. . . . and the news is bad.
I’ve written before about media concentration and the problems that ensue. When so many people rely on “the news” for guidance as to what’s important, and how to make sense of it all, it is troubling when the messages are narrow and controlled as they are here in Canada.
We are lucky to live in an age when a vast diversity of opinion and information is out there. Still, what’s in the news matters, because not everyone has access, time and resources to do the necessary searching, or to wade through source documents. This is one role of quality journalism — but it seems we are losing that focus from lots of our newspaper outlets, which include the Sun and Province here in Vancouver.
And we’re all poorer for it.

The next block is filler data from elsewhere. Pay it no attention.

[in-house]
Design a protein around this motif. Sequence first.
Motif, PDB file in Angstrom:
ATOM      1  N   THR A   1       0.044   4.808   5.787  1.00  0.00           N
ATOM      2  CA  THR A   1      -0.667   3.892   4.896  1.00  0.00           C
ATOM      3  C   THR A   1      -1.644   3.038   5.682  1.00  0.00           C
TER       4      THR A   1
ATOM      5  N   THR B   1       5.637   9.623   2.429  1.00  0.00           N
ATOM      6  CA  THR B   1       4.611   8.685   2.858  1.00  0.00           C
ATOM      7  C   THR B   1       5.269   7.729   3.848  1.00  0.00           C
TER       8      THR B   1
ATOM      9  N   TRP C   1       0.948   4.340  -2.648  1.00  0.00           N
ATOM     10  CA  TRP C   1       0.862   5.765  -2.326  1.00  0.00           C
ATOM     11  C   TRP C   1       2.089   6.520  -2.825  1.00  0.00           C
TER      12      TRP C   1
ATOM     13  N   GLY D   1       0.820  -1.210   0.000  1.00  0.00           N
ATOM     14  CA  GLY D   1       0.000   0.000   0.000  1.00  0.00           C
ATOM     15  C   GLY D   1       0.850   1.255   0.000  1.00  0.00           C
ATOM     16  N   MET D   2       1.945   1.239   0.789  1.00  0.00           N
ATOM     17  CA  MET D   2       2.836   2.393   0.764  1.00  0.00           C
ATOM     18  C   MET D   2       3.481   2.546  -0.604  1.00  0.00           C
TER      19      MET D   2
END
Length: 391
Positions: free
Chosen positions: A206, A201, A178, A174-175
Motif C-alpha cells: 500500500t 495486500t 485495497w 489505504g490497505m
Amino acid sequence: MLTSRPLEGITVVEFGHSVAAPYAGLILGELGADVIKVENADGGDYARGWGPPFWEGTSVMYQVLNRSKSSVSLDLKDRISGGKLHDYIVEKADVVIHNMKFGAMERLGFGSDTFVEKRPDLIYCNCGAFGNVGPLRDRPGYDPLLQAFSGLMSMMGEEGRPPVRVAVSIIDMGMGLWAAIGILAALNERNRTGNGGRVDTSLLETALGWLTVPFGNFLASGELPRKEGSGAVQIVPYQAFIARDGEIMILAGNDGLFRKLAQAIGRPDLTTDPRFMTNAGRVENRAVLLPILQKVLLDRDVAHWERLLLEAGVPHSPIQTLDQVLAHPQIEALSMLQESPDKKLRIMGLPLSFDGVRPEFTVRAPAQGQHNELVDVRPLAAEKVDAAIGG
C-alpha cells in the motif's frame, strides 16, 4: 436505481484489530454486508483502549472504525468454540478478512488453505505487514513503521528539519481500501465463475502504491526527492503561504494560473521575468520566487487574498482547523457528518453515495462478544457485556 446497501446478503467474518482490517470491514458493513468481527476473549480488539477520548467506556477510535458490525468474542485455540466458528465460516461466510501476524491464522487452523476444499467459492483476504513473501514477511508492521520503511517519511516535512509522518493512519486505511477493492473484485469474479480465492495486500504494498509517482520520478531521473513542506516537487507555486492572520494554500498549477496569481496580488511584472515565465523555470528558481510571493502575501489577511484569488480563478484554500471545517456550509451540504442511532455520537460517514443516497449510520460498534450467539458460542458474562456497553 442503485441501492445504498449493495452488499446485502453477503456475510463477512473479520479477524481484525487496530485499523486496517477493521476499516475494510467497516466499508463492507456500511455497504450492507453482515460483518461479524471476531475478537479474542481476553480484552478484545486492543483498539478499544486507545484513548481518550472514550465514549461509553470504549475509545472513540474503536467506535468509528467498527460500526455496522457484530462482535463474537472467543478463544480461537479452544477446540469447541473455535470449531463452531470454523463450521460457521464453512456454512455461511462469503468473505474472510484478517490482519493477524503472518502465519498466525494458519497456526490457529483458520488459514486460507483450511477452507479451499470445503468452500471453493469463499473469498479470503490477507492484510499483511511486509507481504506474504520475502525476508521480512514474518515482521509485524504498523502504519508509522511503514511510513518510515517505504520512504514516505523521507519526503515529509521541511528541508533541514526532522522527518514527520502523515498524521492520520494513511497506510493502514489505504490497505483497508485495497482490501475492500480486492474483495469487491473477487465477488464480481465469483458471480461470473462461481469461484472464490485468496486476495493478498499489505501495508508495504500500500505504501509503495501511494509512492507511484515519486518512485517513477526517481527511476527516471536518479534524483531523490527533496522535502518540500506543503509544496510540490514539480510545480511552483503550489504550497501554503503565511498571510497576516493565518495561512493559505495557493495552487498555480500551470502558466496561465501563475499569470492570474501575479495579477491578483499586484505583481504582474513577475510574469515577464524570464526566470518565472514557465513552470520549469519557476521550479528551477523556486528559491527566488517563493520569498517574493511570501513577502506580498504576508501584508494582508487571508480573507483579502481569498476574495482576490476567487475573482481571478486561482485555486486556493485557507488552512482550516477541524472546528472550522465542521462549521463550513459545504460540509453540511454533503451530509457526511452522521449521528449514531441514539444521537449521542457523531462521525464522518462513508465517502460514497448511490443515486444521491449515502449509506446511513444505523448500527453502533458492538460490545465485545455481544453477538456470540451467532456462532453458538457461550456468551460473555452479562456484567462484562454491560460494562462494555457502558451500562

“I think ownership matters and that through a series of rather bizarre events… we’ve ended up in the situation where the control of this chain is in the hands of people who not only don’t know much about newspapers and don’t have any evident expertise or concern for the future of newspapers, but are also strangers to Canada and uninterested, as far as I can tell, in public discourse up here,” observes Ken Whyte, the National Post’s founding editor.
“And I think it’s an unfortunate situation when such a large share of the newsgathering capacity in Canada is subject to that kind of ownership regime.”